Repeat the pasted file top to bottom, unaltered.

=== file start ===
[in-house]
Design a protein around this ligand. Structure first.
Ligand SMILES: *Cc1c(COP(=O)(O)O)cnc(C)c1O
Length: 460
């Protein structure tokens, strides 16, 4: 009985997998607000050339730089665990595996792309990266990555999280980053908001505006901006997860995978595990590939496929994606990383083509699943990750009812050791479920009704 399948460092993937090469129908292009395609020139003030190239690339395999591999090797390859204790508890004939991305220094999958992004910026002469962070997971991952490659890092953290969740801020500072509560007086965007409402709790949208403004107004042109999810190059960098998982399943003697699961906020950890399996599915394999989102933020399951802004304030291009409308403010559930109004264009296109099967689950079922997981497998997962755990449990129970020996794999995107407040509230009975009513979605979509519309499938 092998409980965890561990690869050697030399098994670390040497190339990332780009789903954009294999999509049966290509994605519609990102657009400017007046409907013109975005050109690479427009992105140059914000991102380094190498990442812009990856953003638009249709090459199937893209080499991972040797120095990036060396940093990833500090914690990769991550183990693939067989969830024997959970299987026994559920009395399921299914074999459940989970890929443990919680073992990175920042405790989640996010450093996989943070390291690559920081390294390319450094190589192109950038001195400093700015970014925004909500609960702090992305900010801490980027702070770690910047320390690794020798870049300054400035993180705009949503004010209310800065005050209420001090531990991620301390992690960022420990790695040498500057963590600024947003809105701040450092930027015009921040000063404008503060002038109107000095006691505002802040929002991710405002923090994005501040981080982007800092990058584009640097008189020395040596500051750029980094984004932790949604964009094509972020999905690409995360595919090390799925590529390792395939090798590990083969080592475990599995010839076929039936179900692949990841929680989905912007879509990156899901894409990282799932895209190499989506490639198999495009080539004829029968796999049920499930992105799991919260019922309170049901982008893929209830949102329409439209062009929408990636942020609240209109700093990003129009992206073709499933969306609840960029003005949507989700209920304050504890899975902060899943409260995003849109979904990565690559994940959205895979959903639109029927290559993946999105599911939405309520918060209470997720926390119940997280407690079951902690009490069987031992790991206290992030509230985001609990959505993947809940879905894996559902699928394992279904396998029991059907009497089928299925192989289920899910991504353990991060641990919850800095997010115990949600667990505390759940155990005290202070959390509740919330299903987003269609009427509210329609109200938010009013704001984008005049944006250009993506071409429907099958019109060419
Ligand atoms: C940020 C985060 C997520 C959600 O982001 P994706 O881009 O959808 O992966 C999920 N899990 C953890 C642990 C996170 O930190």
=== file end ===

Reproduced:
[in-house]
Design a protein around this ligand. Structure first.
Ligand SMILES: *Cc1c(COP(=O)(O)O)cnc(C)c1O
Length: 460
């Protein structure tokens, strides 16, 4: 009985997998607000050339730089665990595996792309990266990555999280980053908001505006901006997860995978595990590939496929994606990383083509699943990750009812050791479920009704 399948460092993937090469129908292009395609020139003030190239690339395999591999090797390859204790508890004939991305220094999958992004910026002469962070997971991952490659890092953290969740801020500072509560007086965007409402709790949208403004107004042109999810190059960098998982399943003697699961906020950890399996599915394999989102933020399951802004304030291009409308403010559930109004264009296109099967689950079922997981497998997962755990449990129970020996794999995107407040509230009975009513979605979509519309499938 092998409980965890561990690869050697030399098994670390040497190339990332780009789903954009294999999509049966290509994605519609990102657009400017007046409907013109975005050109690479427009992105140059914000991102380094190498990442812009990856953003638009249709090459199937893209080499991972040797120095990036060396940093990833500090914690990769991550183990693939067989969830024997959970299987026994559920009395399921299914074999459940989970890929443990919680073992990175920042405790989640996010450093996989943070390291690559920081390294390319450094190589192109950038001195400093700015970014925004909500609960702090992305900010801490980027702070770690910047320390690794020798870049300054400035993180705009949503004010209310800065005050209420001090531990991620301390992690960022420990790695040498500057963590600024947003809105701040450092930027015009921040000063404008503060002038109107000095006691505002802040929002991710405002923090994005501040981080982007800092990058584009640097008189020395040596500051750029980094984004932790949604964009094509972020999905690409995360595919090390799925590529390792395939090798590990083969080592475990599995010839076929039936179900692949990841929680989905912007879509990156899901894409990282799932895209190499989506490639198999495009080539004829029968796999049920499930992105799991919260019922309170049901982008893929209830949102329409439209062009929408990636942020609240209109700093990003129009992206073709499933969306609840960029003005949507989700209920304050504890899975902060899943409260995003849109979904990565690559994940959205895979959903639109029927290559993946999105599911939405309520918060209470997720926390119940997280407690079951902690009490069987031992790991206290992030509230985001609990959505993947809940879905894996559902699928394992279904396998029991059907009497089928299925192989289920899910991504353990991060641990919850800095997010115990949600667990505390759940155990005290202070959390509740919330299903987003269609009427509210329609109200938010009013704001984008005049944006250009993506071409429907099958019109060419
Ligand atoms: C940020 C985060 C997520 C959600 O982001 P994706 O881009 O959808 O992966 C999920 N899990 C953890 C642990 C996170 O930190």